Using Fresnel’s law, the effective refractive index ${n_{\rm{eff}}}$ of Weyl metacrystal can be obtained in the paraxial approximation: ${{{n_{{\rm eff}}}} / {{n_{{\rm air}}}}} \approx {{{d_2}} / {({{d_1} + {d_3}})}}$, where ${d_1}$ and ${d_3}$ are, respectively, the distance of dipole and focal spot to the Weyl metacrystal, ${d_2}$ is the thickness of the Weyl metacrystal, and ${n_{\rm{air}}}$ is the refractive index of air. The refractive indices of the ideal Weyl metacrystal retrieved from both the simulation and experimental measurement for different frequencies are illustrated in Fig. 3. Due to approximate linear relation of the radius of elliptical EFS of Weyl point with frequency [47], the amplitude of the effective refractive index decreases linearly with the increase of frequency towards the Weyl frequency, which is verified by both the experimental and simulation results. However, there is a relative shift in frequency between the measured and simulated curves of the refractive index, which is due to a slight difference in the geometries between the fabricated sample and the simulated one—to reduce the simulation complexity, the hollow metallic cylinders in Fig. 1(b) are replaced by solid ones.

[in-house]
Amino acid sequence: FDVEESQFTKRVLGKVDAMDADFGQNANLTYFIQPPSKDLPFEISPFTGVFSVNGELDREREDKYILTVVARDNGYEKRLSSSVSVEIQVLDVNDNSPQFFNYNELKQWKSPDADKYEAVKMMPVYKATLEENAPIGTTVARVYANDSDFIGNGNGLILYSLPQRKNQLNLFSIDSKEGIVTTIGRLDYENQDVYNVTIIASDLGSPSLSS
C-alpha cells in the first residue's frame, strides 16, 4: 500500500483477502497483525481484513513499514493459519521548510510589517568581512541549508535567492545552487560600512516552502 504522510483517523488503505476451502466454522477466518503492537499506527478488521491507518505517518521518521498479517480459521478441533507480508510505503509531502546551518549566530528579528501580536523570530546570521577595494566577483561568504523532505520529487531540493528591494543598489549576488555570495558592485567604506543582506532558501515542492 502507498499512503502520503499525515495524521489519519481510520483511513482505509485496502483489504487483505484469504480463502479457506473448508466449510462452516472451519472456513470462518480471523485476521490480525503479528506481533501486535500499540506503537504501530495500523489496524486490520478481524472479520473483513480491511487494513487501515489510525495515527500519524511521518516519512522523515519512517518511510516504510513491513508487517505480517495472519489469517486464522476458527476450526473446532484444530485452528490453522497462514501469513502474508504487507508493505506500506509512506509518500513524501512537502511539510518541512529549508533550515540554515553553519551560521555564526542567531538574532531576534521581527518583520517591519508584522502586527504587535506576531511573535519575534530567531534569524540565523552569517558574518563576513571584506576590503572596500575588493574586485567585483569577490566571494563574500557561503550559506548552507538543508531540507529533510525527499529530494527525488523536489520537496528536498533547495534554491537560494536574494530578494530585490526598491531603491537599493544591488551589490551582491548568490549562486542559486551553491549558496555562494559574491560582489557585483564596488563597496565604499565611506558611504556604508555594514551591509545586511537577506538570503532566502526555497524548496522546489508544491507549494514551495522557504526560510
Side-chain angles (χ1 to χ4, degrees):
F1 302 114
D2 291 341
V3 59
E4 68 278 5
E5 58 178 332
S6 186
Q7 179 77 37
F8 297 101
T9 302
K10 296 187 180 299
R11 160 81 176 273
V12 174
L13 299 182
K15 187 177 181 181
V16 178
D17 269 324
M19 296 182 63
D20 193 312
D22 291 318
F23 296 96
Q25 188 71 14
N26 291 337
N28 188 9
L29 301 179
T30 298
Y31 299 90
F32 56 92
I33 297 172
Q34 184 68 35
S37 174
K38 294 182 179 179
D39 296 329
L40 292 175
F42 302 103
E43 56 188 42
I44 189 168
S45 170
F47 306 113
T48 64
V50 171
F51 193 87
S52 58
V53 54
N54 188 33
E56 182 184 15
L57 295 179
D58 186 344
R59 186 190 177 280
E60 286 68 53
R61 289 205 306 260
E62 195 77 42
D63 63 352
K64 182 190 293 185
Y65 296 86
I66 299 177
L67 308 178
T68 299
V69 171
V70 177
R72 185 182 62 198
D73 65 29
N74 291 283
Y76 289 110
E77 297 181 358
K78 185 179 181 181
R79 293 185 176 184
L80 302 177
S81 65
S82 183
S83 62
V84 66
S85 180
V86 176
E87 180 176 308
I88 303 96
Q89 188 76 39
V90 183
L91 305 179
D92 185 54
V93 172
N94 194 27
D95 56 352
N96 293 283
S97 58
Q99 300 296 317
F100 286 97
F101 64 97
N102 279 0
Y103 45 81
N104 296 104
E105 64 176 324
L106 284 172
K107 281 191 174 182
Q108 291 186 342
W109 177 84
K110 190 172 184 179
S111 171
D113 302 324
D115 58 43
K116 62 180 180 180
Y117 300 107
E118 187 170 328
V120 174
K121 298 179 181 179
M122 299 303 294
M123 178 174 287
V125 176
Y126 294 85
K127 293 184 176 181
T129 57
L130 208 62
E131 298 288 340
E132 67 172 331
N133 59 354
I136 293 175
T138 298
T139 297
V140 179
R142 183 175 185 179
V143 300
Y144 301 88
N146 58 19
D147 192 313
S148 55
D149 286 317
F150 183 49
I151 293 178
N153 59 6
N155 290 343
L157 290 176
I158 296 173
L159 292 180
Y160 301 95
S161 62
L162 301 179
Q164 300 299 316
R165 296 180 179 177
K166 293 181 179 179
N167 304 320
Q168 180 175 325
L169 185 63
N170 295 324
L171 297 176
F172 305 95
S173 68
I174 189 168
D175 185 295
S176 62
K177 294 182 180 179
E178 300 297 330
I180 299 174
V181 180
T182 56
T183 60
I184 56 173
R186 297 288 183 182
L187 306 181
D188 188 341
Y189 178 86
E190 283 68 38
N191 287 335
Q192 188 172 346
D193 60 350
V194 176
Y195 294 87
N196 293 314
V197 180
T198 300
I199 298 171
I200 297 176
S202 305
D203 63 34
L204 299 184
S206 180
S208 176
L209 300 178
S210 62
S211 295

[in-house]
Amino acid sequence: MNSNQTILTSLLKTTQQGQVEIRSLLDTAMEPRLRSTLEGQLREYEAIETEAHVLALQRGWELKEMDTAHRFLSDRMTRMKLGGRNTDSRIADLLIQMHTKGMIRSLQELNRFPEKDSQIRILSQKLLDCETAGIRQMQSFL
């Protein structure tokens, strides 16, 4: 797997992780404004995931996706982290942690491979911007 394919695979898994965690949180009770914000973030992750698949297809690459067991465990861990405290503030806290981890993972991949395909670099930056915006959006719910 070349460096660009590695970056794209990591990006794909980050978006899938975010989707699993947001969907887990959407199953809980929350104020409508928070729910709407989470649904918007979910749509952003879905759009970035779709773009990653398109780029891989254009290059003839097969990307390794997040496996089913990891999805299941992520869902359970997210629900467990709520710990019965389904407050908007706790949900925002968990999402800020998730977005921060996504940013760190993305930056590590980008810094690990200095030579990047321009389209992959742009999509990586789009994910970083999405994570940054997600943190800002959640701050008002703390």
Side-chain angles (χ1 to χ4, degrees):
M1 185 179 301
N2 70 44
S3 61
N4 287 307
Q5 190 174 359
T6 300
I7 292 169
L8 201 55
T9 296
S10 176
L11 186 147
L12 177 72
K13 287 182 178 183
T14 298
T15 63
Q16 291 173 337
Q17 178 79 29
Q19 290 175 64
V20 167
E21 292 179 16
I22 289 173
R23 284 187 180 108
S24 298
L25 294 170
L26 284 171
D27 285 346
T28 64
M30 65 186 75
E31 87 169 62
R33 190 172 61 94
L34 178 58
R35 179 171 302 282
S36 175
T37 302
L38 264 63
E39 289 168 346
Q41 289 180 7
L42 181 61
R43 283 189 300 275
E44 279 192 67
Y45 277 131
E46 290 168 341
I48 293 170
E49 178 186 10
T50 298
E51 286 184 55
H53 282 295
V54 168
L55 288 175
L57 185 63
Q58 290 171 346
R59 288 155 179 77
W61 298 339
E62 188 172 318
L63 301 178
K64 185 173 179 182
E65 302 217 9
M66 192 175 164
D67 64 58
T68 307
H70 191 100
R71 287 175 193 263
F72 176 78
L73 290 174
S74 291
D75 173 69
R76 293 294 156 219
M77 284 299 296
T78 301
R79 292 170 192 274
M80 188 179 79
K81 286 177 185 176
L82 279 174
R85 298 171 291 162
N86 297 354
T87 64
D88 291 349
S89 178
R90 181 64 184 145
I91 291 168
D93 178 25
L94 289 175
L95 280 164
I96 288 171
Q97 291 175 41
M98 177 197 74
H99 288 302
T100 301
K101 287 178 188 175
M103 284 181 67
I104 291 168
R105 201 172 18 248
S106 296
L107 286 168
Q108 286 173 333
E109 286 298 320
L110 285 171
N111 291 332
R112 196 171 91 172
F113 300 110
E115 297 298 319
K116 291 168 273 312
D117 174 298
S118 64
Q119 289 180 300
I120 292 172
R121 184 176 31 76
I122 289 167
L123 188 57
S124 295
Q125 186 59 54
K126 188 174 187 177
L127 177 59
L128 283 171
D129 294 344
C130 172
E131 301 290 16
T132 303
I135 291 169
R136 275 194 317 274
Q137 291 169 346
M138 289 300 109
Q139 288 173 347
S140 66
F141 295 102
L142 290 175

## 3. CIRCULAR DICHROISM OF IDEAL WEYL METAMATERIAL

Because the two Weyl cones involved in the refraction have the same topological charge, it is expected that the metamaterial exhibits strong chirality and circular dichroism for the incident beam [54]. Figure 4 shows the simulated and measured transmissions for the incident beam of different circular polarizations through the Weyl metacrystal around the Weyl frequency. As shown by the simulation results in Fig. 4(a), the left-handed circular polarized (LCP) wave experiences a very high transmission around the Weyl frequency (around 90%), while the transmittance for the right-handed circular polarized (RCP) wave is below 10%. In the measurements shown in Fig. 4(b), there is also a large difference between the transmittances of the two circular polarizations. However, due to the imperfection of the sample, the measured transmittances are significantly less than the simulated results for both circular polarizations.